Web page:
What does Google head of design Ivy Ross do all day?

She spends 95 percent of her time in meetings and never stops looking for inspiration

Our series What Do People Do All Day? takes a look at the work life, lunch habits, and downtime of people across different industries. 

Name: Ivy Ross
Title, company: Vice president, design for hardware products, Google
Location: Mountain View, California
Years on the job: 3 years, 3 months

Ivy Ross is days away from taking her team on a mysterious “day of wonder” in the forest when she speaks at “The Building Blocks of Creativity in Business,” part of WeWork and American Express’s Masterclass series. “I can’t tell you what we’ll be doing because I haven’t told anyone yet,” she says in an interview before she takes the stage. “It’s a surprise.” 

It won’t be the first time Ross, head of design for Google hardware, has taken her team on a field trip of sorts: She once brought them to Yosemite, where a naturalist taught them to sketch plants and trees. Soon she’ll accompany them to a scent-making workshop, where they’ll design perfume bottles and fragrances.

Ross started her career as a jewelry designer (her work has appeared in the Smithsonian) before joining companies like Disney, Mattel, and Google, and her commitment to cultivating creativity remains apparent. “If you’re a phone designer and that’s what you do every day, it’s good to take your mind off of phone design and put it toward some other experience,” she says. “I really encourage my teams to go out there and get new information and stimulation, because we’re just like a computer: You can’t ask it to give output until you give input.” 

With her oversight, the department has created a cohesive aesthetic for Google hardware, one that favors soft knits and simple colors—coral, aqua, chalk, charcoal—that test well with consumers. (Is that a Google Home Mini on your kitchen counter or a decorative stone?) Below, Ross shares more insight into how she finds inspiration in a jam-packed workweek. 

I get up at… 6 a.m. I shower, make breakfast with a cup of coffee, and start with a quick scan of emails at around 6:45. I have to be in the car by 7 because I have a two-hour commute to work.

I spend that commute… working. I call the car my “rolling office” because I’m still on the phone taking meetings on either side of the day. Sometimes I listen to a podcast. I love On Being by Krista Tippett. She’s a great interviewer—she talks to philosophers, poets, artists, and she’s really trying to dig deep into the questions of our time.

As for social media… I spend very, very, very little time on it. Probably half a percent a day. I just can’t be distracted by that. I will look at Instagram every so often. But that’s pretty much it.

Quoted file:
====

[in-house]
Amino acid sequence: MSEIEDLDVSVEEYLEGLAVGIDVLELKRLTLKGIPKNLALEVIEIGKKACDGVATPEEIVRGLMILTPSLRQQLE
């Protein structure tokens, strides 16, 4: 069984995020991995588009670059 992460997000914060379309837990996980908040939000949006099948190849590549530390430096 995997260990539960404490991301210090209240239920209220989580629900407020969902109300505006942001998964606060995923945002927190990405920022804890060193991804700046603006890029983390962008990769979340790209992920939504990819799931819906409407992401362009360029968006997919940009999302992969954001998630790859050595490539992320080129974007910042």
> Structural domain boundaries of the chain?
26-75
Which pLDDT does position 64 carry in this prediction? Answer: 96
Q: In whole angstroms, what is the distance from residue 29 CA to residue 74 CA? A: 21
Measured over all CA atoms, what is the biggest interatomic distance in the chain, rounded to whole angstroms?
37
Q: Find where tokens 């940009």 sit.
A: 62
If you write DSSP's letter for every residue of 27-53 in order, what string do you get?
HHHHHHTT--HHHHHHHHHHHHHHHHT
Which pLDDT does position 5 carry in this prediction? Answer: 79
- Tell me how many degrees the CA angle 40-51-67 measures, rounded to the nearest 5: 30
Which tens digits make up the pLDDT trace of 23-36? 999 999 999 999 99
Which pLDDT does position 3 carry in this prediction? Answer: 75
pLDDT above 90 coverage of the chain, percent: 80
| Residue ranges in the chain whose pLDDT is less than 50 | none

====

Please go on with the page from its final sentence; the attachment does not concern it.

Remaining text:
I spend most of my day… in meetings. I’d say 95 percent of it. But some of the meetings are very creative, so it’s not like sitting in a presentation.

The secret to collaborating well is… deep listening and respect. Design is about solving problems: A problem is thrown out and someone might suggest one solution and then someone builds on that. When you’re brainstorming, you don’t criticize any idea. You say, “Yes, and?” And that’s how you get to good solutions.

I find inspiration in… everything. I’ll look at a molding and say, Hmm, the way they attached that is interesting. Then, intentionally, I go to the Milan design fair. I go to exhibitions. I’m constantly observing.

The Google design building is… a new building that I worked on with architects. The desks are all recycled wood. The chairs are a chartreuse green fabric. And then the rest is very neutral: gray, black, and white. We also have a design library with lots of books and a material library, which has 1,000 different materials to feel and touch.

I think a great workspace for creativesneeds a blank canvas. If it’s too busy, you can’t create. [But] I do have a little seating area that is definitely not neutral. It’s like a magenta color and then there’s a royal blue. They’re not bright primary colors, but they definitely have a vibration to them. 

At any given time, my team is working on… approximately 25 different products. Some are for next year, some are for the year after.

In terms of confidentiality… we have to be conscious of it. Sometimes, you’re testing a new object or a new phone, and you just walk out with it because you forget that you can’t have it out in the wild. So there’s a sign [as you’re exiting the building] that says, “Uh-oh, leave it behind.”

I usually leave work at… 5, 5:30 p.m. and get home by 7:30.

I stop checking email at… around 10 p.m. I look one time before bed to see if an issue or whatever was taken care of, but then I usually don’t check it again unless there was some fire going on.

I find time to make jewelry… working, what, 13 hours a day? There’s no more time. But I do every so often, in my mind’s eye, think about if I was to be making jewelry now, what would it look like? And my imagination is so strong that it’s as good as me making it. 

Patti Greco is a freelance writer and editor whose work has appeared in Glamour, Elle, and Vanity Fair. She was previously the digital entertainment director at Cosmopolitan and a staff editor at New York magazine.

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